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A Warning Label for Costa Rica

All of us have seen warning labels on products especially on medications. A warning label is a label attached to an item, or contained in an item’s instruction manual, warning the user about risks associated with the use of the item.

images (5)There are good and bad things everywhere you look in the world an it is just about weighing those two things and deciding which for you carries the most weight. This for me does not just apply to where you live but should be taken in to account in every area of your life. 

Many people including myself have referred to Costa Rica as a tropical paradise in a figurative sense because paradise really doesn’t exist except in one’s mine. Costa Rica has many wonderful things to offer — much more good than bad.

I wouldn’t be living here if I didn’t love this country and believe it was an incredible place to live. For many people Costa Rica and its amenities can be a solution for what is ailing them. However, living in Costa Rica can be a challenge and some precautions should be taken to avoid becoming an unhappy camper.

Below are some suggestions based on my 33 years of living here:

  1. Not everything here works like it does in the States or Canada.
  2. Don’t fall in lust with the country.
  3. Don’t leave you brain on the plane.
  4. Just because someone you meet here speaks English it doesn’t mean he or she is trustworthy.
  5. Give a romantic relationship with a local a lot of time before making a commitment.
  6. Be cautious when purchasing real estate. Brokers don’t need a license here and there have been many cases of fraud.
  7. Have a good trustworthy and above all reliable attorney.
  8. Find a good English-speaking doctor for your medical needs.
  9. Give the country time and don’t make any hasty decisions.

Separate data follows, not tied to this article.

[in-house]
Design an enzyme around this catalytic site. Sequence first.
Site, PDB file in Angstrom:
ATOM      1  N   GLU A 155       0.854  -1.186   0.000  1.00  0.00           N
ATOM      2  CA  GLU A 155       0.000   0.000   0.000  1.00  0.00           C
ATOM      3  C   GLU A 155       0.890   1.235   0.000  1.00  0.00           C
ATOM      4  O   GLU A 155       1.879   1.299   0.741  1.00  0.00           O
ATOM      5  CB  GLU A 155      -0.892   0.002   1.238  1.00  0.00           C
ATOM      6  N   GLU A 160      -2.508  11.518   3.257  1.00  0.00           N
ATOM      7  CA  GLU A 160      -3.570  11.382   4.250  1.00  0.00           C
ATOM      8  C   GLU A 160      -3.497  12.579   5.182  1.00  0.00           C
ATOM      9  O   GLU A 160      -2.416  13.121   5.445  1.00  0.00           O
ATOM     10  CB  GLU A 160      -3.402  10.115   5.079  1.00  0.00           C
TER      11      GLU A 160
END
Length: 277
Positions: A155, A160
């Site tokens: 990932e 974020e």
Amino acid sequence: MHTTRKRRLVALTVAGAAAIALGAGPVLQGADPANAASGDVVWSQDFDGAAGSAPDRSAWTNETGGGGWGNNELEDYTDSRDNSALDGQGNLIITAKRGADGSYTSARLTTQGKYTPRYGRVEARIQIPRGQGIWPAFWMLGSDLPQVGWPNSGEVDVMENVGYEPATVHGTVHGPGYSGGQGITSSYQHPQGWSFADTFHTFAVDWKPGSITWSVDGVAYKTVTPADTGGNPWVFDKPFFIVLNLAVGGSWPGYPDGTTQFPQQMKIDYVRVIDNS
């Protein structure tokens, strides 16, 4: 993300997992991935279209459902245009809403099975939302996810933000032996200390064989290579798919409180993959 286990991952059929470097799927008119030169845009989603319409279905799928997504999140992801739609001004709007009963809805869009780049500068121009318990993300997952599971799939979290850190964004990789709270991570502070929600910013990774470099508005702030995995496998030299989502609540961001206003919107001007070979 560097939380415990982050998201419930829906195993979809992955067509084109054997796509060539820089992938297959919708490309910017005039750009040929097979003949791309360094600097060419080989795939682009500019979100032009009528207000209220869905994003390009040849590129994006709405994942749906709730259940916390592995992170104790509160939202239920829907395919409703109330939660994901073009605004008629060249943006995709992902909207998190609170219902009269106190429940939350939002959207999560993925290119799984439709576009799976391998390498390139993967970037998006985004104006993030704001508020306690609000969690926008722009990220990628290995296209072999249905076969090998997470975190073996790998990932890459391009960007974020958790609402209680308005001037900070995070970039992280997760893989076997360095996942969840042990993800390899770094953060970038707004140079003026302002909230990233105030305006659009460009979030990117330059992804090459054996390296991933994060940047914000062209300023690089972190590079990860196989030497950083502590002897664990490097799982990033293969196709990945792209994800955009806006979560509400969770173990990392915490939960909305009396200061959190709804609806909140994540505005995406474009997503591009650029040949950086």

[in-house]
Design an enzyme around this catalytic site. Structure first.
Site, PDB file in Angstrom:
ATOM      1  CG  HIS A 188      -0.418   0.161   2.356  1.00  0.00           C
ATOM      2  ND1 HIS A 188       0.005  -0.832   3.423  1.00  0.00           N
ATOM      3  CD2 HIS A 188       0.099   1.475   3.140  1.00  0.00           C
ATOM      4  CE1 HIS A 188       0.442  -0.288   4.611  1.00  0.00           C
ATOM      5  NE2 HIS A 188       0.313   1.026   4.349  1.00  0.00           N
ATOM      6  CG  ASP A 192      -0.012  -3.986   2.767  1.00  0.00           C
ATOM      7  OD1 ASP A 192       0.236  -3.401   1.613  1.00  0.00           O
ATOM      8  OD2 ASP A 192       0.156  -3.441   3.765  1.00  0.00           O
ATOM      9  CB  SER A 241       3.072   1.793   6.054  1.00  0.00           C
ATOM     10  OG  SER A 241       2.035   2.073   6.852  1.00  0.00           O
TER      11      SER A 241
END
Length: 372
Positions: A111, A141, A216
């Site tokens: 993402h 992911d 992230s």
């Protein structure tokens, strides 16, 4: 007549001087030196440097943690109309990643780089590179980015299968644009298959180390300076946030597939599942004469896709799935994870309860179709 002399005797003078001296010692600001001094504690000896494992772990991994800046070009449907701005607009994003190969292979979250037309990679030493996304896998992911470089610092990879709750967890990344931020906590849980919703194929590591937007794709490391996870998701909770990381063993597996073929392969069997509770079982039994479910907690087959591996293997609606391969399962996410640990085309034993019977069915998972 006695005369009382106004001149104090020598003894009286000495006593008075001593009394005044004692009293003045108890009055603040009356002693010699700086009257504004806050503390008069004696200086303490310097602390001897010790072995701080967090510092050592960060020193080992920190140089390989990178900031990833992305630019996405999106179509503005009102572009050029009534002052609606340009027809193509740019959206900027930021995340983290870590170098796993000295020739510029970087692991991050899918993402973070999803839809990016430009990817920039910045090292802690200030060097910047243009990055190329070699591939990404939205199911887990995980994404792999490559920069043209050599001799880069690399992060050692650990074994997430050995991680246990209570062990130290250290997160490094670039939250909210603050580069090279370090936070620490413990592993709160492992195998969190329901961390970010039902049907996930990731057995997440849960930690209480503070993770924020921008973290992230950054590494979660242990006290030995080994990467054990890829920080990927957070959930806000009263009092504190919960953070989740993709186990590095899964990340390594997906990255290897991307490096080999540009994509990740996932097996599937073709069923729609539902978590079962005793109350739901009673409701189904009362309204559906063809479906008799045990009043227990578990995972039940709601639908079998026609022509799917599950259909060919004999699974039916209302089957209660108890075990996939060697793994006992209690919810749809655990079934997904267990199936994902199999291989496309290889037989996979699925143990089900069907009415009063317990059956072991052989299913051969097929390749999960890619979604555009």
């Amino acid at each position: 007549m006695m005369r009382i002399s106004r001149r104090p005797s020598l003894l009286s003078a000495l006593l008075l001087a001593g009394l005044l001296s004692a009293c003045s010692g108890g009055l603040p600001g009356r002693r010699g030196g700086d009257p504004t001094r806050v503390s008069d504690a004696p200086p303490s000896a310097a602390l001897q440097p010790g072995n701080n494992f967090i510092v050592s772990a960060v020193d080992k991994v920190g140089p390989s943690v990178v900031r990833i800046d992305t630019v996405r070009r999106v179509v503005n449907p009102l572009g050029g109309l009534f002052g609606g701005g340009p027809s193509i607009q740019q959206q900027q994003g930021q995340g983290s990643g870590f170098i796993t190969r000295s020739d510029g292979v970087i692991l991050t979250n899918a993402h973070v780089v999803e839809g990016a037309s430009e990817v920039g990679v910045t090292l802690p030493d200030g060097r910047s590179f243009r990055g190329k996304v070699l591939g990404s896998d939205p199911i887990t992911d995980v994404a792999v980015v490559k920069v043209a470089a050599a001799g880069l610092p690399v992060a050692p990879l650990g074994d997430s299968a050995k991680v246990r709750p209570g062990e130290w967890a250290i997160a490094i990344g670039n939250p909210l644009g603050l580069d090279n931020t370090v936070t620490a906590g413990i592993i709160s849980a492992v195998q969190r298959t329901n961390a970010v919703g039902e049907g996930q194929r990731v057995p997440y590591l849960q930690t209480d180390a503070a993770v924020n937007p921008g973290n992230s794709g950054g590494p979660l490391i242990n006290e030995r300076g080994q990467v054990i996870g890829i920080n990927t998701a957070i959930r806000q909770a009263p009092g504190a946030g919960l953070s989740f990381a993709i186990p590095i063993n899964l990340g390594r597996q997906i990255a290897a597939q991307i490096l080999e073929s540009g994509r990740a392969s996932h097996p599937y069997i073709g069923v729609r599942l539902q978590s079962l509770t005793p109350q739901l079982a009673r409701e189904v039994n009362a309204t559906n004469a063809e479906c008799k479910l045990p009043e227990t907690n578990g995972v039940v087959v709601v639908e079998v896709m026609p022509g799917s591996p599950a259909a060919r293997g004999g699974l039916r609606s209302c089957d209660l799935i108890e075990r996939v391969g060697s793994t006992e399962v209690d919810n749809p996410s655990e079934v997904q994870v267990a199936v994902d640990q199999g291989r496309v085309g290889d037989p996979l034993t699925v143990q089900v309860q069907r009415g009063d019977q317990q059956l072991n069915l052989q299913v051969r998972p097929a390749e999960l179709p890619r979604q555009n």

10. Test before you invest.
  11. Don’t go into business unless you really have to. The rules are different here and the market is very small. Most gringos who start a business don’t make it.
  12. Costa Ricans are friendly but don’t expect to make friendships like in your home country. Family is more important to them and their lives revolve around it.
  13. LEARN SPANISH! It can mean the difference between success and failure here.
  14. Develop a cultural awareness by learning the language, attending local activities, mixing with the people and reading.
  15. Don’t lend the locals money! – Consider it a gift as you will not get it back in most cases
  16. Be generous with your help but don’t be overly friendly. They work for you and are not your buddies.
  17. Don’t be too trusting.
  18. Be careful of people who are overly friendly. They usually want something from you.
  19. Make sure you live in a secure home or condo. Out of the way places in the mountains, beach or woods sound exotic but expose you to problems like resale and possible theft.
  20. Make sure you have the right attitude and above all don’t be an ugly American.
  21. Remember you are a guest in the country.
  22. Respect the local laws.
  23. Respect the local customs
  24. Don’t think you can outsmart the system because the locals are stupid and you are an American.
  25. Stay busy and active
  26. Above all have a lot of patience, cultural tolerance and a GOOD sense of humor

If you are interested in a Retirement Tour Click Here to See His Tours.

Christopher Howard conducts monthly relocation/retirement tours fill in the form below to receive Chrisopher’s free book when you register for a tour and have him contact you personally. For details please see: He also has authored and published 17 editions of “The New Golden Door to Retirement and Living in Costa Rica” and other guides about living in Costa Rica. See

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